But the group that was suffering was what I would call the service industry moms. You heard of soccer moms? Well, these are service industry moms. These are women who mainly worked in service industries. They had enough money to cover about three weeks of groceries, but that fourth week is what was the deficit. So we opened up a specialized pantry for working people. If you were working but you didn't have enough money to make it through the month, we'd give you what we called one week's emergency supply of groceries to help you make that fourth week. So that that's the type of programs that a church should do the church to say, we're looking at all of our partners. We're looking at everything in the neighborhood that is happening, but the neighborhood doesn't have this. So then let's deliver whatever this is. So that's the macro answer to your question. I love that. The micro answer is I'm going to pitch shamelessly again, another program that World Impact actually offers, which is we train churches on how to do trauma healing. So there are, particularly within the urban context, there are so many things that happen to people and it traumatizes them.
So we teach churches how to start trauma healing groups, trauma healing circles. This is not meant to be counseling, but provide trauma-informed care. So for instance, if someone comes in and they've experienced an abortion, which is a traumatic experience, this is what the church could do with this person, this is what they can do with the individual to help 'em start to emerge from that trauma experience. That's one of the best things. I think I'm biased, we have several programs, but I believe at World Impact, maybe our most impactful one might be our trauma healing training. Trauma healing program.
Angela Weszely (28:24):
I love that. And I can see that tying into what we talked about before, which is people in the church go through this program and God meets them there, and then that's there. As we talked about testimony, this is where if the churches are doing this
Dr. Sanders (28:38):
For our own
Angela Weszely (28:38):
People, then we can be open as we're having discussions and talk about that healing. To me, that's what creates a level playing field that I'm talking about. How can the church be welcoming?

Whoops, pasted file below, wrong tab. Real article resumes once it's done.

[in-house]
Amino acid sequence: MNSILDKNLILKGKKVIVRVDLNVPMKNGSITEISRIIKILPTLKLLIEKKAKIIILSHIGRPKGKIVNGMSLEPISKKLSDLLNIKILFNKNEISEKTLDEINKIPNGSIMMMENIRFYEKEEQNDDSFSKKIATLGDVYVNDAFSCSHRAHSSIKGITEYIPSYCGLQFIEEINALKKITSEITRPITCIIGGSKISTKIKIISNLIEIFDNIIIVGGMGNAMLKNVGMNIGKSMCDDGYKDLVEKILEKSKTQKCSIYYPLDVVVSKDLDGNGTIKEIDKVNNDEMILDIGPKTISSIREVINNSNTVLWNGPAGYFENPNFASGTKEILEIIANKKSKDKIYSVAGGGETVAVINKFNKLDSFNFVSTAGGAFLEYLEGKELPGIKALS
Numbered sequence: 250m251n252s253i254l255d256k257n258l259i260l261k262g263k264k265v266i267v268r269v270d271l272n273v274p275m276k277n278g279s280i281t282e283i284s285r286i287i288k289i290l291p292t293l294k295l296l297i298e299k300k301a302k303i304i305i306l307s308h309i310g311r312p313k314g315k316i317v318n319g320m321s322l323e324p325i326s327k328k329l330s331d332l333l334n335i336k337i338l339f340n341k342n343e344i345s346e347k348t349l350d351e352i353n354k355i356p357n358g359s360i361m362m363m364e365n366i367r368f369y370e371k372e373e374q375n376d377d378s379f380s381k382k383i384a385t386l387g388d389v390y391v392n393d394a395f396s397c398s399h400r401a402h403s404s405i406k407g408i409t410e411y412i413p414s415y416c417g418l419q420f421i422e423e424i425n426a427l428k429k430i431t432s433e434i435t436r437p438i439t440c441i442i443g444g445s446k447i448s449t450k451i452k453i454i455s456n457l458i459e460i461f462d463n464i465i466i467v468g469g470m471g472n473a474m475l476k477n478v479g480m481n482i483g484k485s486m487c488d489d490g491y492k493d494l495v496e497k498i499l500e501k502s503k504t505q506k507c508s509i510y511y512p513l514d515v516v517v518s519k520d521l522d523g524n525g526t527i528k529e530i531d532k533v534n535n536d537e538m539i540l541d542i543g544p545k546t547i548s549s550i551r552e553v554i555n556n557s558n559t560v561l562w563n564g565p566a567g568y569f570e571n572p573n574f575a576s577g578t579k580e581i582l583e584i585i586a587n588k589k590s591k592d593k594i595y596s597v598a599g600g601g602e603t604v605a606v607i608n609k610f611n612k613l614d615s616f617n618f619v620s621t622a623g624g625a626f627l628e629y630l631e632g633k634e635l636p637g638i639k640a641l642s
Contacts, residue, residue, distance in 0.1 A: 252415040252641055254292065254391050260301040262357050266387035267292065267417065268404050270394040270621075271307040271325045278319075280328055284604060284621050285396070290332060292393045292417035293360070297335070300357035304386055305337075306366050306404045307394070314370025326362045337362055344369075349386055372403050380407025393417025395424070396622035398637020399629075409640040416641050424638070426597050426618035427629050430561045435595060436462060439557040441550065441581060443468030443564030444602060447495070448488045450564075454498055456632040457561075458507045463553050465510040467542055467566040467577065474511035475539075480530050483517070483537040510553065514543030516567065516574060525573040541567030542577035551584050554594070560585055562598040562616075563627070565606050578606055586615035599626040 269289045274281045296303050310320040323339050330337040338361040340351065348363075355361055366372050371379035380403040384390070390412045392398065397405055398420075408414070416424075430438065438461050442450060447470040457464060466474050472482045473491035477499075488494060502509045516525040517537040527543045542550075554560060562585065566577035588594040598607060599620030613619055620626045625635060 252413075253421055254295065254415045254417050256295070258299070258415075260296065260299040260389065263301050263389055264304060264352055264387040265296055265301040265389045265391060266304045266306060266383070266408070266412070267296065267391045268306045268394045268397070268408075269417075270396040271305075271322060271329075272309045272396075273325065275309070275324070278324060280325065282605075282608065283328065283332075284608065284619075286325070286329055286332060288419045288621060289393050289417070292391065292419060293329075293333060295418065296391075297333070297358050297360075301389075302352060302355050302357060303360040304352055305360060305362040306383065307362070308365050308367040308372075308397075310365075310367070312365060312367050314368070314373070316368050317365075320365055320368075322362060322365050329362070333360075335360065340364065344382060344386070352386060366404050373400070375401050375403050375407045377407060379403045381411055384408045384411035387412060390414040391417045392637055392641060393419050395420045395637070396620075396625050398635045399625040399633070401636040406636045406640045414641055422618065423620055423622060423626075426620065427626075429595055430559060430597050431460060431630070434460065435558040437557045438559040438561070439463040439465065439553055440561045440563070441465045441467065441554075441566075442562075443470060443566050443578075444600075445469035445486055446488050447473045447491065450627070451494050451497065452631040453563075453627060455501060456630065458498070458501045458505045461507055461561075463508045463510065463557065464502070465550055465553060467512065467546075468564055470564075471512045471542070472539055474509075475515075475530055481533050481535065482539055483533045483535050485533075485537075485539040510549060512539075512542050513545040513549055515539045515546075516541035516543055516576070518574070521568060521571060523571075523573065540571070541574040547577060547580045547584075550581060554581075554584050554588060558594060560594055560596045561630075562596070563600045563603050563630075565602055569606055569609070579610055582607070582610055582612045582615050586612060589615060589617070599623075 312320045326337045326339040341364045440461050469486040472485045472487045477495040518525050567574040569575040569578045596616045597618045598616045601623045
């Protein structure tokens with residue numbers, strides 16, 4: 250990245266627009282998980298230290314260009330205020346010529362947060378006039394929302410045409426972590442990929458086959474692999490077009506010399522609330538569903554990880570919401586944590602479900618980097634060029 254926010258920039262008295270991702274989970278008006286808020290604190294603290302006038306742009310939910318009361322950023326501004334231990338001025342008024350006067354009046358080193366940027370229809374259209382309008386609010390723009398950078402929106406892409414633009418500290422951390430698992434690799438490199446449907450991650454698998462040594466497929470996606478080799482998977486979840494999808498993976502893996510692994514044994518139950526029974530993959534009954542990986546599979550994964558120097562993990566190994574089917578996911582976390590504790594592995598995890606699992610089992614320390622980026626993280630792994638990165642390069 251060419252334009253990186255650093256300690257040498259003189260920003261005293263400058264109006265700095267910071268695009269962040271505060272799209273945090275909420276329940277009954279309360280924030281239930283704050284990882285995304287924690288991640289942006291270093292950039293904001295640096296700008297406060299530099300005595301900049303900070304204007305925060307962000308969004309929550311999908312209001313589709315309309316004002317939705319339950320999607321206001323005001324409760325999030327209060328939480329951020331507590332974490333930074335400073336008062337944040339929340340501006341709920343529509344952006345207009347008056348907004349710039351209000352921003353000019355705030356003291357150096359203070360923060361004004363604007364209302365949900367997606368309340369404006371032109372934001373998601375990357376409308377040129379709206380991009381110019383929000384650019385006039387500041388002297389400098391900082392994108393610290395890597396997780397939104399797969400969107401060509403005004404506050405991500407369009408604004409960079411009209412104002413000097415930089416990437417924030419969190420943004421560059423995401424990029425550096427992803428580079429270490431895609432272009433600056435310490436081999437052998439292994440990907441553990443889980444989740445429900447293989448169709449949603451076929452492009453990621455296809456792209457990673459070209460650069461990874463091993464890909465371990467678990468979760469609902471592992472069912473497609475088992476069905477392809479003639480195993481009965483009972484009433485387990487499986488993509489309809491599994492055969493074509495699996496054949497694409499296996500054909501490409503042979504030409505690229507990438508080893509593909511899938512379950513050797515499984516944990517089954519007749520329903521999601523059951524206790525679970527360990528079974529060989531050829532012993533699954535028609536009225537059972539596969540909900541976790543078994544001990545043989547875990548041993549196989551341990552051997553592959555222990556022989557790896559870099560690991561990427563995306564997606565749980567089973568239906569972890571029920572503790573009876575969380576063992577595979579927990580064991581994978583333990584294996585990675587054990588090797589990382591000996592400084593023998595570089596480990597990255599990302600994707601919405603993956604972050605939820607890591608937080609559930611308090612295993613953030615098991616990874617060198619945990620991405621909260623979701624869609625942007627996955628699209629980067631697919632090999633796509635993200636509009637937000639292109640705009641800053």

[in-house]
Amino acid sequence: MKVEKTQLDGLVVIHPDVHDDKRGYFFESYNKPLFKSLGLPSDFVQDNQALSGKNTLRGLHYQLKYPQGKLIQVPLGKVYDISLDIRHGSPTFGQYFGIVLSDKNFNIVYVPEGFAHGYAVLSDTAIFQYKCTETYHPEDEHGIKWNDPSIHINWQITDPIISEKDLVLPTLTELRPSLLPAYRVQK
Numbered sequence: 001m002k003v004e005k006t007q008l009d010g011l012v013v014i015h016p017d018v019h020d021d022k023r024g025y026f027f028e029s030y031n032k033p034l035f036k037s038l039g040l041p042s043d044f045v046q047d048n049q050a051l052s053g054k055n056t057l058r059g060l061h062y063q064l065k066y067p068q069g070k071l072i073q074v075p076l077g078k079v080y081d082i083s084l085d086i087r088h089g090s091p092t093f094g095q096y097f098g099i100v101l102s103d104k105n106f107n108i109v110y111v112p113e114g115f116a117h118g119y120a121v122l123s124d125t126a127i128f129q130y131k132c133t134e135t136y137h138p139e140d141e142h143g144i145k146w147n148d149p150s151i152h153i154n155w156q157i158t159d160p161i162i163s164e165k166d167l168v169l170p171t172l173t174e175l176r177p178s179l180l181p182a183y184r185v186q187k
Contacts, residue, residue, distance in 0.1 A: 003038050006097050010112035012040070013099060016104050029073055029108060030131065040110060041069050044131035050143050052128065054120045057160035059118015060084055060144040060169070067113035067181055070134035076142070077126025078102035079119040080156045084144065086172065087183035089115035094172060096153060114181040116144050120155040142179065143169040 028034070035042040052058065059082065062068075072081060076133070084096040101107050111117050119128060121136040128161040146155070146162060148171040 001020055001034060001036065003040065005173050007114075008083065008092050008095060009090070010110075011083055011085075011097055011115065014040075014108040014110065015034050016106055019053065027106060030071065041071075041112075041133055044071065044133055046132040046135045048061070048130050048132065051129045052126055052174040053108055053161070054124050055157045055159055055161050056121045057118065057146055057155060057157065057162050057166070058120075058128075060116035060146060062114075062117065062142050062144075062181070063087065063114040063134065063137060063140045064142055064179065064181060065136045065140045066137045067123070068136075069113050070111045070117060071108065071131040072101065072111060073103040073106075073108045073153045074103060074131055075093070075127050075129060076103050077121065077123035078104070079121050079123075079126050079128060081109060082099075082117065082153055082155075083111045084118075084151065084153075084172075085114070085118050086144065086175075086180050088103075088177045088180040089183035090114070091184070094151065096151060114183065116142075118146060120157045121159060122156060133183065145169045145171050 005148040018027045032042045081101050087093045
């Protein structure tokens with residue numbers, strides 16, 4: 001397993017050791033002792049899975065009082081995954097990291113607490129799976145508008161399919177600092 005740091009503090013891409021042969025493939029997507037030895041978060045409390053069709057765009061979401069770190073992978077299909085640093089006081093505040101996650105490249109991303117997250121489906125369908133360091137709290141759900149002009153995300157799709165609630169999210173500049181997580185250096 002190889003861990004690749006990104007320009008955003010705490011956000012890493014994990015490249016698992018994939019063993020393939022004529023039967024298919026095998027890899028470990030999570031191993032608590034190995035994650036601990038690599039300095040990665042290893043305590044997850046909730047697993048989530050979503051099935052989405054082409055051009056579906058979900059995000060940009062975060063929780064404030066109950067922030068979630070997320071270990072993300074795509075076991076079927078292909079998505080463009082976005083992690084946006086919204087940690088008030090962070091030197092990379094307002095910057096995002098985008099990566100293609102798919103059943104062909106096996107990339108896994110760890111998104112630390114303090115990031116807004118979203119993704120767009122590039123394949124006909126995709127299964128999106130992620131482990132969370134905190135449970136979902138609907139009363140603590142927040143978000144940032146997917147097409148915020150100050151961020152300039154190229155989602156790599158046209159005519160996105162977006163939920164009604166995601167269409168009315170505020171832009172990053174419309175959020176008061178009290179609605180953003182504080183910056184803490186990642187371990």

Dr. Sanders (28:49):
Angela Weszely (28:51):
Yeah. I love the focus of your food pantry on moms who are struggling. What was that like? I dunno if you have a story, what was that like for your congregation to interact with people from the community and did some of those women find a home in your church? What was that connection like where, I know you're offering an institutional program, but I'm guessing you were using church folk to do it, and how did that impact certain women and their lives and their kids?
Dr. Sanders (29:19):
Well, the funny thing, Angela, is we had what I called a community congregation that developed. So we created that third space that we talked about before you come to the food pantry, you get your food. We had a health check station. You could go and you could get your health check. But then we found people wanted prayer.
Angela Weszely (29:42):
Dr. Sanders (29:42):
Love this. So not only did we have a health check station, we created a spiritual check in station. So one of our staff would be back in the back or a church member. And so then people would get their food, and this is all voluntary. They can get their food, they can get their health taken, and they can go, they could have prayer. They say, well do, what do you want me pray for? Wow. And so what we found out is people actually, I remember talking one time, this is funny. I was talking to this lady and I was doing the pastor thing and I was like, Hey, I'd love for you to come to our church on Sunday. She said, oh, where are you pastor? I said, river Flight Church. She said, oh, that's my church. And I go, basically, I'm going, I've never seen you there. She said, oh no. Yeah, I come to the food pantry every Saturday